The Ancient Mystery that holds the Secret of America’s Future
“There’s a message from Scripture now given and speaking to America. The message is a prophetic word of warning, sent to a nation that once knew God, and appointed to be given and to speak at this particular time–the time when a nation is standing in danger of judgment.” (Cahn, 121)
“Holy conspiracy theories, Batman!” A cheap introduction, I realize, but this time Robin means it literally. Here in Harbinger, author and teacher Jonathan Cahn delivers a powerful interpretation of Old Testament prophecy that could help put America’s recent trials and calamities into a more “holy” perspective. I say “could,” because I know nothing of Cahn beyond what’s reported in the book. His rendering of prophecy and “revealing of mysteries” strays a bit from traditional hermeneutics, and must therefore be taken with a full Tbs. of salt.
Cahn’s fictionalized account relays the story of a journalist’s encounters with a mysterious Prophet who, through a series of nine clay seals, helps interpret American headlines through the filter of Old Testament passages. Although these passages were originally written to and for the nation of Israel, their application to the United States is, in his interpretation, unmistakable. Israel’s cry of defiance in Isaiah 9:10 to not repent in the face of calamity, but rather to rebuild in their own power, was repeated in America through her leadership in the days and years following 9/11.
My reaction to this book comes in two forms: both delight in its format and confusion in its claims. First of all, I love that Cahn turned what seems to be a series of sermons or teachings into a fast-paced novel. Who would have thought that such a format could work? The only book that seems to have accomplished such a task so well, at least in my memory, was Charles Sheldon’s In His Steps. Because Cahn has transformed a sermon outline into a fictionalized conversation, he’s really accomplished the rare feat of both pleasing his followers and silencing his opponents. Whenever opposition arises, hoping to discredit his teachings, he could simply respond that his entire premise is fiction.
Secondly, while I admit what I just wrote regarding Cahn’s “fiction,” I am still a bit confused as to why prophecy must play such a major role in his message, outside that it helps build his fictional plot. The ties drawn between Israel’s literal cry of defiance and America’s literal echo of defiance are truly fascinating, but apart from the role they play in this novel, they are no less coincidental than the ties between Abraham Lincoln and JFK. Jonathan Cahn is a teacher whose teachings “are known for their prophetic significance and their revealing of deep mysteries of God’s Word” (back cover), assuring me that his fictional prophecy is in reality his own true beliefs. This confuses me, because the truths of Old Testament prophecy which relate to any individual or nation in any age following do not necessitate their being “prophetic” in the future-telling sense of the word. Simple biblical hermaneutics can render the principles of Old Testament prophecy, making them applicable to any individual or nation in any age. Second Chronicles 7:14 is a perfect case in point: this is a principle to be followed by the believers of any nation, a divine promise to be fulfilled by God at any time, not a prophecy for Israel and for America alone.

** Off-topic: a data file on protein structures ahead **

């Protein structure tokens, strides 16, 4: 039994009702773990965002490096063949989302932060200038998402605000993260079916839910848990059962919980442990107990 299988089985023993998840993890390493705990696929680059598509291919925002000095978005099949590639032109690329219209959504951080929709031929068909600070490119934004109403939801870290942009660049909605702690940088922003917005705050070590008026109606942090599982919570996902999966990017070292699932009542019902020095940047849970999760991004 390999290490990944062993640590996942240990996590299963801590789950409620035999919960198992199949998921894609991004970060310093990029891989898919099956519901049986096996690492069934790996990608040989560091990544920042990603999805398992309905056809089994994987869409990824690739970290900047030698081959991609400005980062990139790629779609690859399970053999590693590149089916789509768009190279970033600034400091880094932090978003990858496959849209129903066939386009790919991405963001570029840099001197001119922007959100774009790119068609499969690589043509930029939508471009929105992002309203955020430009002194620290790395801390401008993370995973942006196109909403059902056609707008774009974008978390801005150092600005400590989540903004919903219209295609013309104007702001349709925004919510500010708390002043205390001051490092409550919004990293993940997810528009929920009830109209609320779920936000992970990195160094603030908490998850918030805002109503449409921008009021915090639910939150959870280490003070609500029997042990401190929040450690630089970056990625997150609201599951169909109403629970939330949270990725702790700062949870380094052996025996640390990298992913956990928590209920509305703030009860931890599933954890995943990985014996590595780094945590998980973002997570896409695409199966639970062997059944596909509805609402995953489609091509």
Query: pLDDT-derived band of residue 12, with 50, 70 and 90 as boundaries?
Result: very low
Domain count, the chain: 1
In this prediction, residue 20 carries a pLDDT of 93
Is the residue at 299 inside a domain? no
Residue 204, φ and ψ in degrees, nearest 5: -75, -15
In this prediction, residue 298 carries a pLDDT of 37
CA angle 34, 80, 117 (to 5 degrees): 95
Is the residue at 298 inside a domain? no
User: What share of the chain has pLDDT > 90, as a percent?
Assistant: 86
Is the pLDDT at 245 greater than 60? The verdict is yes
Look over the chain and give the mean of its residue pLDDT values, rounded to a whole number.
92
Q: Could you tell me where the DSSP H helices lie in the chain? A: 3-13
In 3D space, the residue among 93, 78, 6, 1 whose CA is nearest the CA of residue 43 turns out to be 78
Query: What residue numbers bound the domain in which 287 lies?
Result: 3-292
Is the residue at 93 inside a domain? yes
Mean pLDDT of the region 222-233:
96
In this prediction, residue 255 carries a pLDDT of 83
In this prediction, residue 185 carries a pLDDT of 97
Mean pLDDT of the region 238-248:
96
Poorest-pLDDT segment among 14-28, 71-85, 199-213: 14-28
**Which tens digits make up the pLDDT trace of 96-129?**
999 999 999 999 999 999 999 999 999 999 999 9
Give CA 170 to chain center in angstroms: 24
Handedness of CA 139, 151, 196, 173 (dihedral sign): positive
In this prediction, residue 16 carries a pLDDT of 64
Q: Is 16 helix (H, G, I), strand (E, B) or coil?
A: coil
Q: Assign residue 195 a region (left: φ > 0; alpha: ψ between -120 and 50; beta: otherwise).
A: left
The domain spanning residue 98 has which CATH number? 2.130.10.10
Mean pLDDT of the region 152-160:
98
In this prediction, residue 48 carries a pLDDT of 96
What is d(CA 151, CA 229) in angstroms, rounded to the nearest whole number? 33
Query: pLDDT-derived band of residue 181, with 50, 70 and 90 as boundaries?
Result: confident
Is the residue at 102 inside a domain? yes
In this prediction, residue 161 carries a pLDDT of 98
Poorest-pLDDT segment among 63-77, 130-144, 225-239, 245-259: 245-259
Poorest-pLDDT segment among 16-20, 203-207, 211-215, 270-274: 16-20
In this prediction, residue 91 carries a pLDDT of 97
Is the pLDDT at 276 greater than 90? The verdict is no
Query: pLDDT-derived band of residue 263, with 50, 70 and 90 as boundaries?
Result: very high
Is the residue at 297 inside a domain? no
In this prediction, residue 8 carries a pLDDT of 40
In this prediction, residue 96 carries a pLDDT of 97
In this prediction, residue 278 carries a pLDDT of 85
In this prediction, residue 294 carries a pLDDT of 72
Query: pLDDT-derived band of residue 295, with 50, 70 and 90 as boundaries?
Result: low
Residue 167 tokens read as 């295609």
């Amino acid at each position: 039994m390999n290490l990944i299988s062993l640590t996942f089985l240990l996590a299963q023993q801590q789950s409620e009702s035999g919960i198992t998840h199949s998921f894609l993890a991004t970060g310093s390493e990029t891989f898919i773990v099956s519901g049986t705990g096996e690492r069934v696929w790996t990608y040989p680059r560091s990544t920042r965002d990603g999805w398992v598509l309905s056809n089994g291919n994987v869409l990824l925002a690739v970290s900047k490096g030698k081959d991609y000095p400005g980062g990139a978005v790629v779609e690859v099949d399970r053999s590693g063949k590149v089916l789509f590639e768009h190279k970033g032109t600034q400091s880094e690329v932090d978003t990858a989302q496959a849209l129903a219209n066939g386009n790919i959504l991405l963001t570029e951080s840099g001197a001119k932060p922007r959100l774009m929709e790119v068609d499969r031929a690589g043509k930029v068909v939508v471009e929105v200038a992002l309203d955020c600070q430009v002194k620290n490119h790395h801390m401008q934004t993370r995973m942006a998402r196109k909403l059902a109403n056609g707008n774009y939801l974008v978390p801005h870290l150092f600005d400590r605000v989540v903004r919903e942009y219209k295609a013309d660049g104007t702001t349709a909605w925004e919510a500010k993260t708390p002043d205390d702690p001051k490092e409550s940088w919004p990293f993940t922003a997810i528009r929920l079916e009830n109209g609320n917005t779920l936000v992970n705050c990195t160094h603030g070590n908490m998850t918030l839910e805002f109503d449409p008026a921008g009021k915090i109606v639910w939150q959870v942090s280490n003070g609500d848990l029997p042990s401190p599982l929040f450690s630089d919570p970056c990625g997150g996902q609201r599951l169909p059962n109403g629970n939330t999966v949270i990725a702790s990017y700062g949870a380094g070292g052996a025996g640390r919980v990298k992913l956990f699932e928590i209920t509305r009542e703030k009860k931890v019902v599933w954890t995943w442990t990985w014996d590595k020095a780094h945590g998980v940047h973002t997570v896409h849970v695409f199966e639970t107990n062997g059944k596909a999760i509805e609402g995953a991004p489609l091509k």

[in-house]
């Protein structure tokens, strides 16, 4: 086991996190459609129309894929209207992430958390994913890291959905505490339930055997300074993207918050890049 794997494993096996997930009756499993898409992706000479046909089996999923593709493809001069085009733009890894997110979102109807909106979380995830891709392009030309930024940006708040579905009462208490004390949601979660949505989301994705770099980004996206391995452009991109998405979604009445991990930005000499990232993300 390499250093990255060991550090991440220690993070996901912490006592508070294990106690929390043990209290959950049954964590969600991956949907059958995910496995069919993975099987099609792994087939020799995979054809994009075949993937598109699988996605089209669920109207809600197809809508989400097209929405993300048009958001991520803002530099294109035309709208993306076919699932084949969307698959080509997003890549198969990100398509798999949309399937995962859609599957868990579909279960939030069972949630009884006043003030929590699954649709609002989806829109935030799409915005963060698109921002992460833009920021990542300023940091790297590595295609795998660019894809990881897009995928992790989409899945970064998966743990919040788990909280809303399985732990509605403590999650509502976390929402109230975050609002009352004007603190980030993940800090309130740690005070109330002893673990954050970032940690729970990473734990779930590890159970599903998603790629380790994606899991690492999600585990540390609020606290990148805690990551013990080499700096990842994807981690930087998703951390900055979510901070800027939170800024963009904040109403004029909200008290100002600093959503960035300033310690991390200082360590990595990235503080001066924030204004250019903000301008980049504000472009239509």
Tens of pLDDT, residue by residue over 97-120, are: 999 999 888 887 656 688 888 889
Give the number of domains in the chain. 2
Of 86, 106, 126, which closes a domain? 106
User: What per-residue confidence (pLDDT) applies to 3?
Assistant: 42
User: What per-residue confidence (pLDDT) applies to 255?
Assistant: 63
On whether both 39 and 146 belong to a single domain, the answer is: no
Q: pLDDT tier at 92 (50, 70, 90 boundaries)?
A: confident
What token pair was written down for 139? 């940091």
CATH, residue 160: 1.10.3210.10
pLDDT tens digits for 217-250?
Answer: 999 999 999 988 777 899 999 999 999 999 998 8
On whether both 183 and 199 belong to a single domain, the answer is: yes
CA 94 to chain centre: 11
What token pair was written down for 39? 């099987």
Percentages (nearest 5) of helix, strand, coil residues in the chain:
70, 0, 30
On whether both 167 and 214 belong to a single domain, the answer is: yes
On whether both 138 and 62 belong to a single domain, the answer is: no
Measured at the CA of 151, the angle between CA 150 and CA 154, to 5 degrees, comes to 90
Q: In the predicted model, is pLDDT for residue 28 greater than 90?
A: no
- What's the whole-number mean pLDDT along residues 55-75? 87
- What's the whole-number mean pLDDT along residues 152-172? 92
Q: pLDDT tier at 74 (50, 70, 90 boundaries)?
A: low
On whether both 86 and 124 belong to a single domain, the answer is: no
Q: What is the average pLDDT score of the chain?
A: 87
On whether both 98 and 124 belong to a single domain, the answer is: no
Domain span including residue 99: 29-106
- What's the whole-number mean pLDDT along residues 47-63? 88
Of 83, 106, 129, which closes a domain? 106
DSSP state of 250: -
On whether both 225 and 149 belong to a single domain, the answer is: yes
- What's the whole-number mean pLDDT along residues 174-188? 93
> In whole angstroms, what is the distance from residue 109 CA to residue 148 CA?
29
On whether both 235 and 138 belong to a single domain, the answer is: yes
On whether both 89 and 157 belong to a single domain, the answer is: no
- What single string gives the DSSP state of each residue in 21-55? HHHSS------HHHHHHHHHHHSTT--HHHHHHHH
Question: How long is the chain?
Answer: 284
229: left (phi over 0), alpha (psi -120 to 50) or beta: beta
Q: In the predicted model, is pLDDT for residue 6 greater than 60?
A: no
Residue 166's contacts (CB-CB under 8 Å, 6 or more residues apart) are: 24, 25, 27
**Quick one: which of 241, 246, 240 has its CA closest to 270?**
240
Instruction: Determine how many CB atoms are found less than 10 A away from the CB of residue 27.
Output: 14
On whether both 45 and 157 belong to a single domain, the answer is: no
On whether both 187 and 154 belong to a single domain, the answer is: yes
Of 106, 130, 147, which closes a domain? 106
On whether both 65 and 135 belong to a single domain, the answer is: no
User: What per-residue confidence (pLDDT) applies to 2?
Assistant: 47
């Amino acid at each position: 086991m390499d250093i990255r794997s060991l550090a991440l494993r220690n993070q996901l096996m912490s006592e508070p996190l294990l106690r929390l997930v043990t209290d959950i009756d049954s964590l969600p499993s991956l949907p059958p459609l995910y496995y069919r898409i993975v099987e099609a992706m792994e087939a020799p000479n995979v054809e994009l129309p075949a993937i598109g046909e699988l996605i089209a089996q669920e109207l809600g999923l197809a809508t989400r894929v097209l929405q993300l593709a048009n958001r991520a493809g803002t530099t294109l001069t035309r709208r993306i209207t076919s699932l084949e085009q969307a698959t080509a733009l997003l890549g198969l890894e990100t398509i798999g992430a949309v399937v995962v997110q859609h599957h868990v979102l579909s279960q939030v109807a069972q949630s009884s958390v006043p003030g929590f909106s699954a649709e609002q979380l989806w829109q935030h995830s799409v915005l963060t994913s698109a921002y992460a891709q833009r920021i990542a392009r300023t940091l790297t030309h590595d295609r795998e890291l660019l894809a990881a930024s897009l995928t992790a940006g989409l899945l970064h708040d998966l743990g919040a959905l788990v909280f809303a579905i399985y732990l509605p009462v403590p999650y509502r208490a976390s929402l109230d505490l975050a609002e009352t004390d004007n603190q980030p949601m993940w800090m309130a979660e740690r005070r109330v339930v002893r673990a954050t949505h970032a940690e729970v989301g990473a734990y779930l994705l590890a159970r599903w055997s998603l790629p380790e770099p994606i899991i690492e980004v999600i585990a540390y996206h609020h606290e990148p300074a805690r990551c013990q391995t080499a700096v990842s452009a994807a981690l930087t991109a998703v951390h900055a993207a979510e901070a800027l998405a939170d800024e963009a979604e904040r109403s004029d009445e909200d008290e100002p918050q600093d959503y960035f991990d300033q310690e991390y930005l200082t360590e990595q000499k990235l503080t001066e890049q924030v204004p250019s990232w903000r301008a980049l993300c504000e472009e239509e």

Cahn’s discussion of 2 Chronicles 7:14 is actually spot-on, if only he didn’t treat it as virtually useless for those outside Israel and the United States:
“[Believers] need first to repent…from their apathy, from their complacency, their compromises with darkness, their omissions, their serving of other gods, their sins committed in secret, their withholding of life, and their failure to fulfill their call…to be the light of the world.” (223-224)
Understood to go along with such repentance is that those same believers also humble themselves, pray, and seek God’s face, for only then will God forgive their national sin and heal their land. This is a powerful call to the United States, a nation once founded on godly principles but which now vilifies righteousness and embraces evil. But so is it a powerful call to Great Britain, to Somolia, to Mexico, and to China. If the believers of any nation will humble themselves and pray and seek God’s face and repent from their national sins, then God has promised to hear it all and to forgive their sins and to heal their land. This is not forth-tellingly prophetic, it is simply divinely promised.
One final thought regarding this book deals with the “Gospel” at the end of the book. While Jesus is named, and while the principles of his coming are referenced, the Gospel plan of salvation is blatantly absent. At a moment in the novel when Cahn could have shared it all, he instead skipped it all, detailing Nouriel’s conversion with only:
“I had to get my life right with God.”
“And did you?”
An evangelist he must not be, because this exchange certainly is not driving people to the arms of Christ, the Savior of mankind!
Overall, I really enjoyed this book. It was an exciting read, albeit 99% conversation, and I would agree with its “page-turner” description. The principles of national sin and the need for national repentance are real. I recommend this book to those who like a good mystery or “holy conspiracy theories” and are concerned about the spiritual state of their nation. I know that I am, and my thoughts have certainly been provoked by Harbinger.